Hola, Thrones fans. After the death of Hodor, we needed a period of respectful mourning so this week’s we have a bit to catch up on.
The trauma of ‘The Door’ a couple of weeks ago has given way to more familiar intrigues and scheming that make the show’s set piece bloodlettings so compellingly watchable.
The High Sparrow, that devilishly cunning, yet outwardly unassuming power usurper continues to run rings around the Lannisters and the Tyrells. Having lured King Tommen up onto his perch with assurances that he will be reunited with his wife Margaery – after her atonement – he had another surprise in store for the former powerbrokers of King’s Landing, by out manoeuvring an attempt to retake the city and claiming the popular support of the people.
That High Sparrow is such a shrewd operator. See how high he flies. He has said in the past he does not fear death, and in GoT terms that is probably a good thing because his end will be assuredly bloody and brutal when it comes.
Isolated and disgraced Jaime Lannister, who doesn’t have too many friends among the Faith Militant is banished to the provinces, where he assumes command of the siege of Riverrun, but finds a belligerent Blackfish in no mood to surrender his fortress. Still he is reunited with his surly Northern BFF, Bron (Jerome Flynn) and with a force of 8000 Lannister soldiers at his disposal he must find a way to entreat the Tullys to come out or sit down for a miserable couple of years of siege that will prevent him from pursuing his grudge against the Faith Militant and the everyone’s favourite religious extremist, the High Sparrow.
Two old stagers have returned to the fold (in separate plot lines) over the past couple of weeks: Benjen Stark (Joseph Mawle) stepped out of the frozen north to rescue catatonic Bran and the sled-dragging Meera from certain death as they are chased down by wights; and Sandor Clegane, the late King Joffrey’s sledgehammer (played by Rory McCann), turns up alive and well in the care of Septon Ray and his peace-loving religious commune. Having been nursed back to health, Clegane remains driven by anger and hatred and if ever he bumps into that head-cracking man slayer, Brienne of Tarth, there will be a rumpus.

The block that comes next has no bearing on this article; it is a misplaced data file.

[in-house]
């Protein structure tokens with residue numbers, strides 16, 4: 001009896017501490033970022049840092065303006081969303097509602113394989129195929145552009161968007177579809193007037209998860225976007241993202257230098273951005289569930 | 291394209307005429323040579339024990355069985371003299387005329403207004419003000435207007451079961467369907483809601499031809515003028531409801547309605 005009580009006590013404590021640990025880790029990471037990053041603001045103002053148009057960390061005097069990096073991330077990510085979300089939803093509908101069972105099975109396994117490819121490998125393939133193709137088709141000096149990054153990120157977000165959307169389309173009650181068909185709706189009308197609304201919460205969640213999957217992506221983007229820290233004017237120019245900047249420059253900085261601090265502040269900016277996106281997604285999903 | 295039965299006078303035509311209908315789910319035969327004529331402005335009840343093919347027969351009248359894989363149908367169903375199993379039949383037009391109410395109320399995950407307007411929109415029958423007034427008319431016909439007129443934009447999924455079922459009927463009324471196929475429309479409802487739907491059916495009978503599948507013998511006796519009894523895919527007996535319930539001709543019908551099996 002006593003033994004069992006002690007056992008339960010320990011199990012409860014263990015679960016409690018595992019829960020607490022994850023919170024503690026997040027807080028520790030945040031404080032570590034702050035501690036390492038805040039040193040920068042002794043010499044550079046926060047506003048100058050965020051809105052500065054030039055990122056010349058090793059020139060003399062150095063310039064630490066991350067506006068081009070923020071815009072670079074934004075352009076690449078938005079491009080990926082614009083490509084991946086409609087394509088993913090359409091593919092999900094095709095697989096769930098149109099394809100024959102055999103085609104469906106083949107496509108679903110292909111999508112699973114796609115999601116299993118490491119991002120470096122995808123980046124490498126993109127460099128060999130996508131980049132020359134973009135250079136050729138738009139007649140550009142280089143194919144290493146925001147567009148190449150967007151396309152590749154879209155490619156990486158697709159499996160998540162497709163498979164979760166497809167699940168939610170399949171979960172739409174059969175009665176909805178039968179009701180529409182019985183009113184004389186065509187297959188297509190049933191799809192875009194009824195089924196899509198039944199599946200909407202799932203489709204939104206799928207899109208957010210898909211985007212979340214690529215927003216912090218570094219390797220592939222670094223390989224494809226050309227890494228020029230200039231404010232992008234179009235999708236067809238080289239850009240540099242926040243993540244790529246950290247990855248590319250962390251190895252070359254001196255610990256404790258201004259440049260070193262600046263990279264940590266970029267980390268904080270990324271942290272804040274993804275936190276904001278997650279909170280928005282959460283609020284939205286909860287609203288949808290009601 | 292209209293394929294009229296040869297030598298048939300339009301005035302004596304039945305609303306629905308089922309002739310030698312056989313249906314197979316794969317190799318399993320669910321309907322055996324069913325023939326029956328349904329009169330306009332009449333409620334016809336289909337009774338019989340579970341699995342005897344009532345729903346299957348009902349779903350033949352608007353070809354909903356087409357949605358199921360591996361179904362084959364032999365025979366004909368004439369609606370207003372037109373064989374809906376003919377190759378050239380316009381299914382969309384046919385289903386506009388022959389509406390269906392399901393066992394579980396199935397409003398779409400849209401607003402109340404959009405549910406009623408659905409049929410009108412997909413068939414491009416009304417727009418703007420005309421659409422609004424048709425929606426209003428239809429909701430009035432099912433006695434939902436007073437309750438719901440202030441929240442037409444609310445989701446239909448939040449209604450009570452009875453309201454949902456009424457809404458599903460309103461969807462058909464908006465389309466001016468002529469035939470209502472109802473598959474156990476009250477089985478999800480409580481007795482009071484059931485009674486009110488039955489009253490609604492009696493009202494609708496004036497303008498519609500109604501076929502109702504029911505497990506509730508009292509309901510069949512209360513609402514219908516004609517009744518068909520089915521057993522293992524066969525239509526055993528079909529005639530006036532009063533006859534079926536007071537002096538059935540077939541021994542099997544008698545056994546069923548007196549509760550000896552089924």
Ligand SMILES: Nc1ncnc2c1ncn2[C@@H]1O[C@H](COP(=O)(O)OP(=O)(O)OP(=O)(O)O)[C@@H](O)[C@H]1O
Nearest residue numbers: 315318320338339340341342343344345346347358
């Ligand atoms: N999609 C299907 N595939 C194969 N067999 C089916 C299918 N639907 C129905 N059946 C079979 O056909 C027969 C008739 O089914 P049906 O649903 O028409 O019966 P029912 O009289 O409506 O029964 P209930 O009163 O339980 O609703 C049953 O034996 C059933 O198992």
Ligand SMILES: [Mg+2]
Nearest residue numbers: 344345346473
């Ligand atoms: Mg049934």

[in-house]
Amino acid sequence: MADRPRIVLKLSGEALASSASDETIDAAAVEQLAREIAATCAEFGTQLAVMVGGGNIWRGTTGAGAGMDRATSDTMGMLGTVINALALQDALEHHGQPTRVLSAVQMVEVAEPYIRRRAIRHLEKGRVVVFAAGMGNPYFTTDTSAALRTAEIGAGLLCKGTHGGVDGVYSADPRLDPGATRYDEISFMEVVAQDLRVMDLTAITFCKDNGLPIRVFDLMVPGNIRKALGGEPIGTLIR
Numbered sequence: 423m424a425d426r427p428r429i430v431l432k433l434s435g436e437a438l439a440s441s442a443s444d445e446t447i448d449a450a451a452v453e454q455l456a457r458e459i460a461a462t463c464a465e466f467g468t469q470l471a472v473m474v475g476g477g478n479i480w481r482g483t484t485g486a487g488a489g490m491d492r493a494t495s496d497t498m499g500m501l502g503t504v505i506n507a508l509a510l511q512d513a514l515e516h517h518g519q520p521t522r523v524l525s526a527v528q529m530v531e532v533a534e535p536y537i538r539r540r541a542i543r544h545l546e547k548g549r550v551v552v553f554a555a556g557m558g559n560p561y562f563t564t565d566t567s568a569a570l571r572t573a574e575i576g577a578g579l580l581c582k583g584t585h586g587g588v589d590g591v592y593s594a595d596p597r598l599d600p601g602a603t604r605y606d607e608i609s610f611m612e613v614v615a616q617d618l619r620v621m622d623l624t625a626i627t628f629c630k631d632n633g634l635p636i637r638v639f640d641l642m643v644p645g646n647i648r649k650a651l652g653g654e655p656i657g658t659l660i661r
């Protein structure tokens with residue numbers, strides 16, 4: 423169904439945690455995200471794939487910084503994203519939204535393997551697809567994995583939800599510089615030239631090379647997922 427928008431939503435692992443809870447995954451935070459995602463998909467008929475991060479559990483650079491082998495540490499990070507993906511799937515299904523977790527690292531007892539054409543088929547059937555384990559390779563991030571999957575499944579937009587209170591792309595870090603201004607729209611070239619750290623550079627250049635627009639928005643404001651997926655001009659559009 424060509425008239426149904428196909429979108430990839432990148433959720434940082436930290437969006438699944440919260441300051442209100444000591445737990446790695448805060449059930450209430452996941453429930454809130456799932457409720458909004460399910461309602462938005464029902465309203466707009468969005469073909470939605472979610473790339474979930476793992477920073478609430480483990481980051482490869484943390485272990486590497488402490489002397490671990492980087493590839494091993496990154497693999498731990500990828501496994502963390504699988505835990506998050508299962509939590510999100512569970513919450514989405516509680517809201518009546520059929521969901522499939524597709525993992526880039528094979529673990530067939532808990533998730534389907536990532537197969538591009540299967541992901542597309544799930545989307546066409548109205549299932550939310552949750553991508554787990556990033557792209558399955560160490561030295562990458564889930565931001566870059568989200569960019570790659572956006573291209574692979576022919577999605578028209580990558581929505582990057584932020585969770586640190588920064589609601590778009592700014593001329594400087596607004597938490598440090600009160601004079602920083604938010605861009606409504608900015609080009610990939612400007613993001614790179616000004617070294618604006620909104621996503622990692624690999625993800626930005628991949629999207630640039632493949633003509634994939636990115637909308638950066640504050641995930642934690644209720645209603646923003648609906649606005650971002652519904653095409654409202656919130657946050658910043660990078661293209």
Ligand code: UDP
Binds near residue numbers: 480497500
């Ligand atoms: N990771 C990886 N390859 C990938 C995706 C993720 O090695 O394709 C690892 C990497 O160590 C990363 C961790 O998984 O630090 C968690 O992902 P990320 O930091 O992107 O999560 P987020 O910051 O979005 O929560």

Being in the employ of the Faceless Men has had its ups and downs for Arya Stark and she would readily admit that losing her eyes for a few weeks while being mercilessly beaten with a stick by The Waif was a pretty low point. But having got back into the good books of Jaqen H’ghar, she promptly undoes all her hard work by warning Lady Crane of a plot to kill her. What a silly girl!
It is not the easiest thing in the world to avoid an assassin who can assume the face of anyone, so Arya rolls the dice and takes her chance. Someone really should explain to her though that gambling is a mug’s game as she obliviously bumps into The Waif (masquerading as an old woman) and finds herself on the receiving end of an assassin’s dagger. This girl really knows how to make life hard for herself; now critically injured and penniless this could be the end for her.
Jon Snow and Sansa continue their tour of the Northern houses trying to muster support against the Boltons and the Night King’s army of the dead. But it isn’t going too well, so far they have gathered a handful of men from House Mormont, led by the precociously slappable Lady Lyanna.
Though they can rely on the Wildlings and WunWun, whose giant physique is always good value when there is violence to be done, Sansa knows they need more men and more time and as the episode closes she writes a note to be carried by a raven. To whom and to where the bird flies, who knows?
With three episodes to go, you could say this is bubbling along nicely. Maybe next week we’ll introduce a sweepstake to see who is still breathing when the final credits roll on 28 June.
Game of Thrones is broadcast on Mondays at 2am and 9pm on Sky Atlantic.